Integrating QA testing processes into the development process itself must be done properly. Here’s a checklist: 

1. Make sure that QA best practices are followed
2. All necessary testing levels and types are planned out in advance
3. Establish the product release testing process 
4. Discuss the reporting process with the client and make sure all engineers are up to speed on all of the above. 

It’s also crucial to organize communication procedures and have project leads check iteratively to ensure there is no tension between the development and QA testing teams. Any issues that arise should be communicated in a polite manner so there are no barriers for productive work.

Now, let’s highlight some key points on why software quality assurance is important. 

  • Suppose a rare software bug in your payment system prevents you from getting paid for the services or goods and the payment goes to a random account. Basically, you’ve just made a charitable donation. Alas, your business cannot thrive if you’re giving to charity.
  • Money saver. Preventing a bug is cheaper than fixing a bug. Mending a problem here can cause a problem over there, and another somewhere, and before you know it, you’ve got a real mess. The cost of a bug (whatever it is) in the production stage is much higher than if it gets discovered and fixed earlier in the development cycle. 
  • Reputation protection. One lame version of a product can damage a company’s reputation and put all further versions on the “do not buy” list. Some of us remember those disastrous smartphones by a popular brand that will remain unnamed. Their phones have gotten better over time but many consumers never purchased their products again. As with relationships, first impressions count. 
  • Quality control and overall management. The documentation and specification on your project may contain all the requirements, metrics, and testing plans, but who will control their applications? You definitely need a professional.

Integrating software QA with development from the very beginning of every development cycle ensures the developers cooperate with QA engineers and work together to decide on any future features in terms of both implementation and testing. Fortunately, this type of collaboration doesn’t require QA and development professionals to work in the same building. Waverley’s QA engineers have deep experience working remotely. We’ve proven that it’s possible to successfully collaborate with our developers regardless of where those developers are located. We’ve honed our communication processes and have a variety of tools so the process is seamless for everyone involved.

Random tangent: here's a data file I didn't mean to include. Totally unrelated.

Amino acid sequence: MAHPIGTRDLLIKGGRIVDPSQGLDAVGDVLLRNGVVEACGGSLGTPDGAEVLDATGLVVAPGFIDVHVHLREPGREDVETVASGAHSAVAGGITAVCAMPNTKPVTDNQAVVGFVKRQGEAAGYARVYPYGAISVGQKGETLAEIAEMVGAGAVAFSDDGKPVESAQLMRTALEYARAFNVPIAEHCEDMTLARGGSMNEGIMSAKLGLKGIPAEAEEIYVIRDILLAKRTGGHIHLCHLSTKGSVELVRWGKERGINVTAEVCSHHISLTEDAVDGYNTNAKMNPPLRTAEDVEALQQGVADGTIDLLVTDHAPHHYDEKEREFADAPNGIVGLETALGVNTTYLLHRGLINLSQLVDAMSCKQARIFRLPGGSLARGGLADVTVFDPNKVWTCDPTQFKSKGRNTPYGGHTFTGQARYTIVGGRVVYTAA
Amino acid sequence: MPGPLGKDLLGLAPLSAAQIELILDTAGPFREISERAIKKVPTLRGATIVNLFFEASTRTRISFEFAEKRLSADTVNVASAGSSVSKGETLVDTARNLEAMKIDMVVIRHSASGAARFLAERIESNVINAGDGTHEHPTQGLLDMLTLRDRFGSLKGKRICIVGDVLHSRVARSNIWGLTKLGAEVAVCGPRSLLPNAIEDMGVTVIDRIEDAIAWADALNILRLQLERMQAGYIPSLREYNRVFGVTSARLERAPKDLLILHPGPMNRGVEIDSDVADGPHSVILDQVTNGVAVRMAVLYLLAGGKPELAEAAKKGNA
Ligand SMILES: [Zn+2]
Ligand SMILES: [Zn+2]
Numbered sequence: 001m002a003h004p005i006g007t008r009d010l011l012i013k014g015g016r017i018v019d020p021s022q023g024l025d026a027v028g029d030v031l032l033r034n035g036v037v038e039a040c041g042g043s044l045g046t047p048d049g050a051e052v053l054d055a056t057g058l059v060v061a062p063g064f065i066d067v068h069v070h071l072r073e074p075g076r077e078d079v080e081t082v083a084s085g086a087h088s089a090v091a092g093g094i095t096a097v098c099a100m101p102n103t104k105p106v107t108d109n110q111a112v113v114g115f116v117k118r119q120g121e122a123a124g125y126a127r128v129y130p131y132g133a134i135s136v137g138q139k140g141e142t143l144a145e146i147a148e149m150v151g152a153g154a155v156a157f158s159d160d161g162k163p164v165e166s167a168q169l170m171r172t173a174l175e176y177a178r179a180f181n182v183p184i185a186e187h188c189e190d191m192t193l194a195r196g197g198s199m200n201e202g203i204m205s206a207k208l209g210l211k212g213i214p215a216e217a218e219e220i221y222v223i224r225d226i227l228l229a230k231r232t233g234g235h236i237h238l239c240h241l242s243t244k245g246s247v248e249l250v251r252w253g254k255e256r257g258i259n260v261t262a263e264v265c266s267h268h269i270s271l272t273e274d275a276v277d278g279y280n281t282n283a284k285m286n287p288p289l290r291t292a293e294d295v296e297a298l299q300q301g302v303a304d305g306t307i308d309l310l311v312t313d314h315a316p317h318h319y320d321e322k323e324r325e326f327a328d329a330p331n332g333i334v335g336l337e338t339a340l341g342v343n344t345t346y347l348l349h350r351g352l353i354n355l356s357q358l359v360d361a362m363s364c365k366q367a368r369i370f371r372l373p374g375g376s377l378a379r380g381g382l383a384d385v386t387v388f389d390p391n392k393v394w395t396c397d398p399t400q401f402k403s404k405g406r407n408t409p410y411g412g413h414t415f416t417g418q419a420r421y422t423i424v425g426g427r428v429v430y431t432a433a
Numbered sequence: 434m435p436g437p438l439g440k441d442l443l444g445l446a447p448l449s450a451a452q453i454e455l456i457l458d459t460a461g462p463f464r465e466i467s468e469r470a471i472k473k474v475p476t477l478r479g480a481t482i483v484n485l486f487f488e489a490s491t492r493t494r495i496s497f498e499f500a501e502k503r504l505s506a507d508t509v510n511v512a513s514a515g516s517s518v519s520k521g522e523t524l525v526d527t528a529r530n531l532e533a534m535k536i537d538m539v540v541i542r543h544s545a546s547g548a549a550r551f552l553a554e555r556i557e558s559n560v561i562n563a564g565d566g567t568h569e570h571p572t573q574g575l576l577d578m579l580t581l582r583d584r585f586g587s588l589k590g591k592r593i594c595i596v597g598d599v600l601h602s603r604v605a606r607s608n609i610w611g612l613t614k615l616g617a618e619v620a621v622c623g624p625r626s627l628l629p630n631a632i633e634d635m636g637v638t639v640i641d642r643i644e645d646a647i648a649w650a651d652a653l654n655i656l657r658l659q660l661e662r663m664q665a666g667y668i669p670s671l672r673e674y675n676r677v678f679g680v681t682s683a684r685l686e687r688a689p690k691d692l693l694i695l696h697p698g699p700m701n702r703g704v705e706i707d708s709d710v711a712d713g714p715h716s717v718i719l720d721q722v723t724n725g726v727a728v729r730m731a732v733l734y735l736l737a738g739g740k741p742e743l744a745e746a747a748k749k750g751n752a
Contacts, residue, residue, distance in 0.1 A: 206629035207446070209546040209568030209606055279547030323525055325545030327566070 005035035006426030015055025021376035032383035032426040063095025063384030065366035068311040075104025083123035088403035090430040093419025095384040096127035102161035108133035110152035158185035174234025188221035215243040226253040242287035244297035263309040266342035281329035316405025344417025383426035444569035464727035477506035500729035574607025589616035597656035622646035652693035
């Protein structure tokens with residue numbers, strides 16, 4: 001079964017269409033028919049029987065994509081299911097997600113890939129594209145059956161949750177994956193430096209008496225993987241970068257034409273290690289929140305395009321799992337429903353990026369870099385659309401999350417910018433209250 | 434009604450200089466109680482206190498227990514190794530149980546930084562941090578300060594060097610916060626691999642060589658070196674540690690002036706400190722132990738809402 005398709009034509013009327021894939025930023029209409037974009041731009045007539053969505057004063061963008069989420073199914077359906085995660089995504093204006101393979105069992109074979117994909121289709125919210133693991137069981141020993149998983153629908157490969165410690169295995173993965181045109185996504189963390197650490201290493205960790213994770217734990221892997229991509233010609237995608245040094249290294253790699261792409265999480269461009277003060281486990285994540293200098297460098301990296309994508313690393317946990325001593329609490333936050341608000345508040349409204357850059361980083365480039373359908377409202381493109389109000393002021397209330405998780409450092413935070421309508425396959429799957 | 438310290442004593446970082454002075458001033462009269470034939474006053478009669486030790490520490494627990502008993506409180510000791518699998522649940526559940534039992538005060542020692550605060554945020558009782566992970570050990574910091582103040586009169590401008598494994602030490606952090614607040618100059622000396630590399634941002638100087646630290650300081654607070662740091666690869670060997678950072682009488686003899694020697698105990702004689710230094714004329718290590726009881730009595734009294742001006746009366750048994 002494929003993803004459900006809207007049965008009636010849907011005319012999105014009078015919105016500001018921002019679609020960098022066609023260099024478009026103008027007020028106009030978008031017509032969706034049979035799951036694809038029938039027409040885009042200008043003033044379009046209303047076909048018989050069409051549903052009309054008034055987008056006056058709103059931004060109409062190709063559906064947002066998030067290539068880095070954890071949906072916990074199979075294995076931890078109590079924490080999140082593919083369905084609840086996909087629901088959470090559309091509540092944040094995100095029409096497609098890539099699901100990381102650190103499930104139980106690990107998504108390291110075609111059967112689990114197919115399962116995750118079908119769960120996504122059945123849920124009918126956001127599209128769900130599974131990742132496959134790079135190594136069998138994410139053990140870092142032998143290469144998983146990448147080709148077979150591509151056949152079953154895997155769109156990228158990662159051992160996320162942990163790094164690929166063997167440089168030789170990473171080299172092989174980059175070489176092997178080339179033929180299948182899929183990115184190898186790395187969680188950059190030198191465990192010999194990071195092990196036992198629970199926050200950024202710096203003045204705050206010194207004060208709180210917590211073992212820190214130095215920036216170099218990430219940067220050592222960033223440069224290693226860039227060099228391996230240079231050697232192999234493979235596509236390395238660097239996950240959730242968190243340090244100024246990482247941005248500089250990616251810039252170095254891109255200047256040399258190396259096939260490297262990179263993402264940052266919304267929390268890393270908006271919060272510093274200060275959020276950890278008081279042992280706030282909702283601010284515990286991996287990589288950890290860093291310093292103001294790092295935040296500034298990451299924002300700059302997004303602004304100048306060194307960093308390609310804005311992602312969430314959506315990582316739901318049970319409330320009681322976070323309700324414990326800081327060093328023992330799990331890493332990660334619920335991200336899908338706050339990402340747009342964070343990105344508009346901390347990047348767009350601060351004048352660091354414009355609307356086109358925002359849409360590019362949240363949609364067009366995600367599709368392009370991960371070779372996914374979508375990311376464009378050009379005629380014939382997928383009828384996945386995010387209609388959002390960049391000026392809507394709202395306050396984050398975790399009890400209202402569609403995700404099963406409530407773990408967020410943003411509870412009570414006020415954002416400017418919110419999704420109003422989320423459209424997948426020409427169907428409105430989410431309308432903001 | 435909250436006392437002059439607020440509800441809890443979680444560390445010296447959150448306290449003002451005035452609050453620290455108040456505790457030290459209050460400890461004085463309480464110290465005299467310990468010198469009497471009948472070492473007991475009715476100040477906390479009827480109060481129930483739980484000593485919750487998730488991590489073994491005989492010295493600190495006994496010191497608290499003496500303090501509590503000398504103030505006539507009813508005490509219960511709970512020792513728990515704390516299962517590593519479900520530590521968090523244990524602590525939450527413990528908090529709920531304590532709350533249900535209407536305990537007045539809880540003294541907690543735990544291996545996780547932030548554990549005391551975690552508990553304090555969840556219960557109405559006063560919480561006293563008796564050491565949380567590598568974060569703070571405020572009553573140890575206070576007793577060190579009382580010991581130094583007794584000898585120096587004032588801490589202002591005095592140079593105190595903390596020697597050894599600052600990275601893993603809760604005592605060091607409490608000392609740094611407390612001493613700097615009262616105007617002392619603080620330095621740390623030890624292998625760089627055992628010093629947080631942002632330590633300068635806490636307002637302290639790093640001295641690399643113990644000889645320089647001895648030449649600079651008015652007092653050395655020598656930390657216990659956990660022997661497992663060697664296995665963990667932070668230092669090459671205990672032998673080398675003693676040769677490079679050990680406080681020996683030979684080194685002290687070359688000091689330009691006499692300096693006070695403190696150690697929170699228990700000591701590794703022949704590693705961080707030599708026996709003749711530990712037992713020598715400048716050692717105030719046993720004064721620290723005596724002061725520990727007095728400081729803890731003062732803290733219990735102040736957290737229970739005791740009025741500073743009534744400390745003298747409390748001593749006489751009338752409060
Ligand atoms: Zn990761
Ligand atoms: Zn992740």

Why Outsource Your Software Quality Assurance?

There are a variety of approaches to outsourced software testing. You can hire an in-house tester, work with freelance quality assurance engineers, contract a software testing agency, or you can order quality assurance services from a full-cycle software engineering company like Waverley.

For some projects, a blended model works best, such as when an in-house team works closely with an outsourced software testing team that is essentially an extension that puts more eyes on the project and/or adds a specialist you don’t have in-house. If you are currently having your product implemented in-house or by a software company, you’re probably curious if software testing outsourcing is right for you. Let’s take a look at the advantages. 

Palo Colorado Case Study: Support & Maintenance Services

Why to outsource QA? 

There are dozens of reasons why companies choose to outsource their software or application testing tasks.

  • No need for a full QA team. Perhaps the product is too small to warrant hiring a QA team. You may be limited in the number of new hires you can bring onboard. For a lot of companies, software projects are rare or infrequent so they simply don’t need an in-house QA team. A company can get greater efficiency at a lower cost by outsourcing those aspects of a project that are not directly related to the company’s core business.